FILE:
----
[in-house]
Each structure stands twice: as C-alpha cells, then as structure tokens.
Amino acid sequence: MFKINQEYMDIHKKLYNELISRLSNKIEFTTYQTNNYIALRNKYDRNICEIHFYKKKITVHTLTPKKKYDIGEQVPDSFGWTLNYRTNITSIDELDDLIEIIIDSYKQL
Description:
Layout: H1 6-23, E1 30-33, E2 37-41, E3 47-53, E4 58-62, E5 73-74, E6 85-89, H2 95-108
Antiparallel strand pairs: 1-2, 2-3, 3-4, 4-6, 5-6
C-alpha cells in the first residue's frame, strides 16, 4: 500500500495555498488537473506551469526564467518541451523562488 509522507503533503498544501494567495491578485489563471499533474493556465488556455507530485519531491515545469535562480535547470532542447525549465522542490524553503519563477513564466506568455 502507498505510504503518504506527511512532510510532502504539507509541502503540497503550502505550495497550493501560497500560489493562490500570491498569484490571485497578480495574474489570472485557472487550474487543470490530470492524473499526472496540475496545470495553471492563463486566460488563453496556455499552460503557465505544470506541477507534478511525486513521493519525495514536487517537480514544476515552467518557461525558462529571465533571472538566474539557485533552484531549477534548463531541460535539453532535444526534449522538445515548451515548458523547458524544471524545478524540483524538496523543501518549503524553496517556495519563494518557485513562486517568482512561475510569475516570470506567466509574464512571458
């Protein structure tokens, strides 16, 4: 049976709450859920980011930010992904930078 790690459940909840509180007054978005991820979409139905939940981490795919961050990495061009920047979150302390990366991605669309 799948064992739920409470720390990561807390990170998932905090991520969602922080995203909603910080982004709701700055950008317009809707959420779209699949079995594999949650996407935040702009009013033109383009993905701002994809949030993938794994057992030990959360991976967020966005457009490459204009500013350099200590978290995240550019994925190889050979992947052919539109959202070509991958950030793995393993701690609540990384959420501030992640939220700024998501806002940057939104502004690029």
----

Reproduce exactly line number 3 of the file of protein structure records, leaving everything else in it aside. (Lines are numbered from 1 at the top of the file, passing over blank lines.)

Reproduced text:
Amino acid sequence: MFKINQEYMDIHKKLYNELISRLSNKIEFTTYQTNNYIALRNKYDRNICEIHFYKKKITVHTLTPKKKYDIGEQVPDSFGWTLNYRTNITSIDELDDLIEIIIDSYKQL